More than 50 years ago Wilfrid Sellars challenged philosophers to explain how to reconcile the universe as we ordinarily experience it with what issues from the sciences, especially physics. In 1963’s Science, Perception, and Reality, he wrote:
The philosopher is confronted not by one complex many-dimensional picture, the unity of which, such as it is, he must come to appreciate; but by two pictures of essentially the same order of complexity, each of which purports to be a complete picture of man-in-the-world, and which, after separate scrutiny, he must fuse into one vision. Let me refer to these two perspectives, respectively, as the manifest and the scientific images of man-in-the-world.
Sellars’ exhortation echoes the physicist A. S. Eddington who, in his 1927 Gifford Lectures (subsequently published as The Nature of the Physical World, 1928) had spoken of setting out to write his lectures by drawing up two chairs to two tables.
Two tables! Yes; there are duplicates of every object about me – two tables, two chairs, two pens.
One of them has been familiar to me from earliest years. It is a commonplace object of that environment which I call the world. How shall I describe it? It has extension; it is comparatively permanent; it is coloured; above all it is substantial.
Table No. 2 is my scientific table. It is a more recent acquaintance and I do not feel so familiar with it. It does not belong to the world previously mentioned – that world which spontaneously appears around me when I open my eyes, though how much of it is objective and how much subjective I do not here consider. It is part of a world which in more devious ways has forced itself on my attention. My scientific table is mostly emptiness. Sparsely scattered in that emptiness are numerous electric charges rushing about with great speed; but their combined bulk amounts to less than a billionth of the bulk of the table itself.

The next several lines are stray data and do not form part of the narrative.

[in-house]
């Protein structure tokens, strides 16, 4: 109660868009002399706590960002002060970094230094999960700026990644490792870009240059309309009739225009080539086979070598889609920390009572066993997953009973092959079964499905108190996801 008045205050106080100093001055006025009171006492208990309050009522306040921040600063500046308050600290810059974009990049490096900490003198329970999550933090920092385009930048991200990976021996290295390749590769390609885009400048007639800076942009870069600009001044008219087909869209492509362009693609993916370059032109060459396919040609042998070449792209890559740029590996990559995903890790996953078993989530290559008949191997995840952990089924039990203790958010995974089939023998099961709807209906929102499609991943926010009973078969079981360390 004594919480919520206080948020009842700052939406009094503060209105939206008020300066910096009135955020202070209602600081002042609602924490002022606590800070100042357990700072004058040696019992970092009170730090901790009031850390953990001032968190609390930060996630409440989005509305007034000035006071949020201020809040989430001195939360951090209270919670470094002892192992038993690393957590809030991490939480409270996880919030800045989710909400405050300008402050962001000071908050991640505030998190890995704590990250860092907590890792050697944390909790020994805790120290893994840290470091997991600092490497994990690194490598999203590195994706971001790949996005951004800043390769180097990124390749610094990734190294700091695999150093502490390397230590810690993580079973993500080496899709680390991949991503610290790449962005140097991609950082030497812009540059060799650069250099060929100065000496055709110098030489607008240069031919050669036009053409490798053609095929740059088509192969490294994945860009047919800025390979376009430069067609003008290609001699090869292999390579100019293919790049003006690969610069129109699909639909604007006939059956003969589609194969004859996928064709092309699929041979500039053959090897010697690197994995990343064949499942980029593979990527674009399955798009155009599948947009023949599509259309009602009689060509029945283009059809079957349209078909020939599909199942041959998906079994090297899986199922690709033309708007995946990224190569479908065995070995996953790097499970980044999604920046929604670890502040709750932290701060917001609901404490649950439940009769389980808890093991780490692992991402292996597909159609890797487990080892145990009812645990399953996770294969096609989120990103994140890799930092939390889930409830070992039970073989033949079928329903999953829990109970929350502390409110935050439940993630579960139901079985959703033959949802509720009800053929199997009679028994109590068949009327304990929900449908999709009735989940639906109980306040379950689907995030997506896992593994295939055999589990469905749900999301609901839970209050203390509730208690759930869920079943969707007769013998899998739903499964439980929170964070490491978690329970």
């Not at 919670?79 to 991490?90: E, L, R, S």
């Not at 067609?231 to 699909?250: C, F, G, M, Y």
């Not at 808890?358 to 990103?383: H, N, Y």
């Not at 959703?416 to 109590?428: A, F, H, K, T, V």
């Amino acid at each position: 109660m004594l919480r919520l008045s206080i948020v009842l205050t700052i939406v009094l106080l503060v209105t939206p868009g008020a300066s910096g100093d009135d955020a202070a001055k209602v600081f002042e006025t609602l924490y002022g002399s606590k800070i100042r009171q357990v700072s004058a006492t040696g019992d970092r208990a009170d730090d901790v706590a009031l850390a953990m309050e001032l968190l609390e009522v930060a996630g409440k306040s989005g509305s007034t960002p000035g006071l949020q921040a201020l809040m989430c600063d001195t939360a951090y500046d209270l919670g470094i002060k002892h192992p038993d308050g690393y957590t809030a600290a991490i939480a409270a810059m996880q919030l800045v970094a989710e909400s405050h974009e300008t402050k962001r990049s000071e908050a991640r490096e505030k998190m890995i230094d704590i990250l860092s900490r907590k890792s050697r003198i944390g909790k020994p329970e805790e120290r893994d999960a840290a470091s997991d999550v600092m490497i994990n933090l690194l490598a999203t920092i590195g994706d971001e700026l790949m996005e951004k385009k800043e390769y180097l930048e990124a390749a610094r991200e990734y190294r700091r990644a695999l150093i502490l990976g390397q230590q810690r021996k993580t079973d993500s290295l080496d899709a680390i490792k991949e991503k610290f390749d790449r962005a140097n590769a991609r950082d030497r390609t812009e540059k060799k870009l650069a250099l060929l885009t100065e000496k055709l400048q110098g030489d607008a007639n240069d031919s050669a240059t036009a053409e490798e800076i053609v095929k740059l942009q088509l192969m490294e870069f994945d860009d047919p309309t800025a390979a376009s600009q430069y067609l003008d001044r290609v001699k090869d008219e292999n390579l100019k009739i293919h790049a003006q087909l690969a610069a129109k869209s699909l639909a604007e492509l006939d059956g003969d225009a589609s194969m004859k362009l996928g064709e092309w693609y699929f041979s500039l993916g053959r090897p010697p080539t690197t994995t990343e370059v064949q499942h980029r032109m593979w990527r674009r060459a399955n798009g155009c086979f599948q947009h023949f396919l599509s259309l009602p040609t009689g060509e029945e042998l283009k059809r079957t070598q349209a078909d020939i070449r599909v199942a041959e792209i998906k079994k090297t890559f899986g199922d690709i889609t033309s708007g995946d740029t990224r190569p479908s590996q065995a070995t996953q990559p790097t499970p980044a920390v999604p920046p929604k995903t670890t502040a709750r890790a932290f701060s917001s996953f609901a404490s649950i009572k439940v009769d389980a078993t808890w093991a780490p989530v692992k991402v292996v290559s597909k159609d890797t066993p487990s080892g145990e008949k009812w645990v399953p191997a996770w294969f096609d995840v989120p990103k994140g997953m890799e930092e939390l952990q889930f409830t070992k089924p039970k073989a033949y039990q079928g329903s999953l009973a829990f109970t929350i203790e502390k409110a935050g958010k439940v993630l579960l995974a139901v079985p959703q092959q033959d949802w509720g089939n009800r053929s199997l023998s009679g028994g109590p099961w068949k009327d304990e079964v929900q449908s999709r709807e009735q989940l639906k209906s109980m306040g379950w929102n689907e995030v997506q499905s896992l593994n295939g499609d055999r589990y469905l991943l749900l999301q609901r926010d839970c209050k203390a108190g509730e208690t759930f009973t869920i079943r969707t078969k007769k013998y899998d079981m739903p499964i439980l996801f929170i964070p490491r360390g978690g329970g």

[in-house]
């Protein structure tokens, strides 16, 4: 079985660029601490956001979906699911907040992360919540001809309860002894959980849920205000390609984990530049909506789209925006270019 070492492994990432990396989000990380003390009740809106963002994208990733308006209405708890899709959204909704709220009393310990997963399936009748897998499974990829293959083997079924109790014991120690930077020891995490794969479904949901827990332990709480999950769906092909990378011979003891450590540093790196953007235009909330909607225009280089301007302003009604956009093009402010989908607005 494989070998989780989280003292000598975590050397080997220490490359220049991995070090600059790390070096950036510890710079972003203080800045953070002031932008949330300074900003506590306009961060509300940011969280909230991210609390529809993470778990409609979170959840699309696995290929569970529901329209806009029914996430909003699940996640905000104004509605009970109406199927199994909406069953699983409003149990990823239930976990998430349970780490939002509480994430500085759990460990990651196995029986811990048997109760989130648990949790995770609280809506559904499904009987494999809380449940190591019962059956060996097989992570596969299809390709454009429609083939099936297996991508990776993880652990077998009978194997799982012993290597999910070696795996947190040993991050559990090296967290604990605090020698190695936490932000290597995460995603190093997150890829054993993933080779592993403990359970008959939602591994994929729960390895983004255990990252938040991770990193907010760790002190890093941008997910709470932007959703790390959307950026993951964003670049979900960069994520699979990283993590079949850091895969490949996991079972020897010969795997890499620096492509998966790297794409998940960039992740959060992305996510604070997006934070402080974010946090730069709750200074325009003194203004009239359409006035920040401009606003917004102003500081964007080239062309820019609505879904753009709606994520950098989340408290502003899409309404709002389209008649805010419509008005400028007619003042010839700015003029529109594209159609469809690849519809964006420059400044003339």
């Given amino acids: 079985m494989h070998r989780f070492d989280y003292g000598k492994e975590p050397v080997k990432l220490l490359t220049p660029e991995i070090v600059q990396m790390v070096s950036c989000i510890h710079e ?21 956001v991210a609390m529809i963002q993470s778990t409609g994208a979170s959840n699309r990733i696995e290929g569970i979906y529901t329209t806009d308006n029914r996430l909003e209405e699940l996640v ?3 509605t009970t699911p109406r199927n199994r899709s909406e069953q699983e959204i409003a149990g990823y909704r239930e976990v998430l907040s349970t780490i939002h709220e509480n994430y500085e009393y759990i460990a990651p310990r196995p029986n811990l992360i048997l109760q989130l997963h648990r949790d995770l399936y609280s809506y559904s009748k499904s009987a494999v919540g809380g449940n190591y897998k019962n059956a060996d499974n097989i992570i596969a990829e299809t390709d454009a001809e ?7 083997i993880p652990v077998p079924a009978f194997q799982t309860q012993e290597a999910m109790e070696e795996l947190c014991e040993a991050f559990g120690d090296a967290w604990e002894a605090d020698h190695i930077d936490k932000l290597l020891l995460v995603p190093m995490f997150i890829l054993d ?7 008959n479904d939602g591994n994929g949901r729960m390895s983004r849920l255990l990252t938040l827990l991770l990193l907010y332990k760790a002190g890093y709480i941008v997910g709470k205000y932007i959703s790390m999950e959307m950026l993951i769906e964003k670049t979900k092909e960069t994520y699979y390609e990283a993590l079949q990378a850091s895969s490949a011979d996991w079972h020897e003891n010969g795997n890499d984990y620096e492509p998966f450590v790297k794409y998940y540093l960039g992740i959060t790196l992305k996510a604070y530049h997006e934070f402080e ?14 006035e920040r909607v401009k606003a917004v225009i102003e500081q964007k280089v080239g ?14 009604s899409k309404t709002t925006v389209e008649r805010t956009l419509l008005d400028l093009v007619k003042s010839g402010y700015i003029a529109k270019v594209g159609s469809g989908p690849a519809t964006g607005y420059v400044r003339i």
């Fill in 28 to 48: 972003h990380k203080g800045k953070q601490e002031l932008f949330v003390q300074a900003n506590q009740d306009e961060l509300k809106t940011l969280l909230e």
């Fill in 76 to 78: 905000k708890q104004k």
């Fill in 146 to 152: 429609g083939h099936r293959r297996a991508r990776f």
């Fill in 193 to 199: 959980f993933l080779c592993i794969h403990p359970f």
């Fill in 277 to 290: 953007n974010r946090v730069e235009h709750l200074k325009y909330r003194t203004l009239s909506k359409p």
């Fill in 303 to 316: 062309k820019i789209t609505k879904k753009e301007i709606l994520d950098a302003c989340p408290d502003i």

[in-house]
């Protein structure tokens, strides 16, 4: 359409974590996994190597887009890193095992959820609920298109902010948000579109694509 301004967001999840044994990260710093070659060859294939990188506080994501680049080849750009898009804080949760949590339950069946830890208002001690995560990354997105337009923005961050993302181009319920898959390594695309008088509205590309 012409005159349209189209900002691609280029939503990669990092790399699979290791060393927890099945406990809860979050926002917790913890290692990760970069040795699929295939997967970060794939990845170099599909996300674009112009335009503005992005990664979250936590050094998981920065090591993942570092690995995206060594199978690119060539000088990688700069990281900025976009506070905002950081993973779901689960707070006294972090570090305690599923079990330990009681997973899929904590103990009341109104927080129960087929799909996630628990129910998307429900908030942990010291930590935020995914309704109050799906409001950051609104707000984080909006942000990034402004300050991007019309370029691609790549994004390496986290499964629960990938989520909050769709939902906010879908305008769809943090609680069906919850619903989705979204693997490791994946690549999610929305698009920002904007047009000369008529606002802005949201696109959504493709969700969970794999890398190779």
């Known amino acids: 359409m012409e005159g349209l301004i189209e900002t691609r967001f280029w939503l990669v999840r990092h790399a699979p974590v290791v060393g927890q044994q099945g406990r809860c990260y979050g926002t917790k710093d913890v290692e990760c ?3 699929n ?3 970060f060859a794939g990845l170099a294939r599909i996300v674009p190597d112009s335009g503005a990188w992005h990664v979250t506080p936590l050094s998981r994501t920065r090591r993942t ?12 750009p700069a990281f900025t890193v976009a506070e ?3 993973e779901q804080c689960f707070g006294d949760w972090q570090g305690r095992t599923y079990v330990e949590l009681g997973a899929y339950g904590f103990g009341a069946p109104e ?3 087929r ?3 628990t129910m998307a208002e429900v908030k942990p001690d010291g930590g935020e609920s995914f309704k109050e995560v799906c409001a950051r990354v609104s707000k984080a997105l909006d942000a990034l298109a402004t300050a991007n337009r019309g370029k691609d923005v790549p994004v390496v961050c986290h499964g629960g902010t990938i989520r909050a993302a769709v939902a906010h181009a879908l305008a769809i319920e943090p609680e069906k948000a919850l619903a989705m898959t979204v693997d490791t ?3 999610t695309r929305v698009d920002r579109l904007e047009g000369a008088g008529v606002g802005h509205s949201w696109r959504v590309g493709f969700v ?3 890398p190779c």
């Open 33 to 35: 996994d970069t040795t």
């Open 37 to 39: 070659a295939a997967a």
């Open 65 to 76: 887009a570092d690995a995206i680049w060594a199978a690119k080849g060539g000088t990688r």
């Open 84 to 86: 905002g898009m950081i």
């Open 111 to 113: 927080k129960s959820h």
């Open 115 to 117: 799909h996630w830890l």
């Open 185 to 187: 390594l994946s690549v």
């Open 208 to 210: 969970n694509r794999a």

Eddington’s first table is at home in Sellars’ manifest image, the picture of the universe that guides our everyday interactions with our surroundings – including the interactions of scientists in their daily lives and in their laboratories. This picture includes our own self-awareness, our impressions of conscious states and the qualities of experience. The second table belongs to the image of the universe we obtain from physics. The difficulty, remarked by both Eddington and Sellers, is to understand how these images are related.
All this comes sharply into focus when you ask yourself how consciousness, a central component of the manifest image, fits into the physical world. Philosophers have not hesitated to provide answers, including
1. Dualism: consciousness is not a physical phenomenon, but something immaterial, which, although perhaps dependent on physical processes, is not reducible to such processes.
2. Materialism: consciousness is an illusion promoted by philosophers and theologians; indeed the manifest image as a whole is nothing more than a fabrication. Only the scientific image is credible.
Do these options – and their many variations – exhaust the possibilities?
Note that both options start with the assumption that mentality – consciousness – is immaterial. The dualist sees consciousness as an add-on to the physical universe. Features of the everyday manifest image incommensurate with physics are assigned to this immaterial domain. For the dualist, there really are two tables, one belongs to your conscious experience of the universe, the other to the physical universe.
The materialist provides an elegant solution to Sellars’ reconciliation problem, but one that flies in the face of what appears most obvious and certain. Our interactions with the universe, including those of the scientist investigating the physical ultimates take place within the manifest image. Throw this out and rational action would be impossible.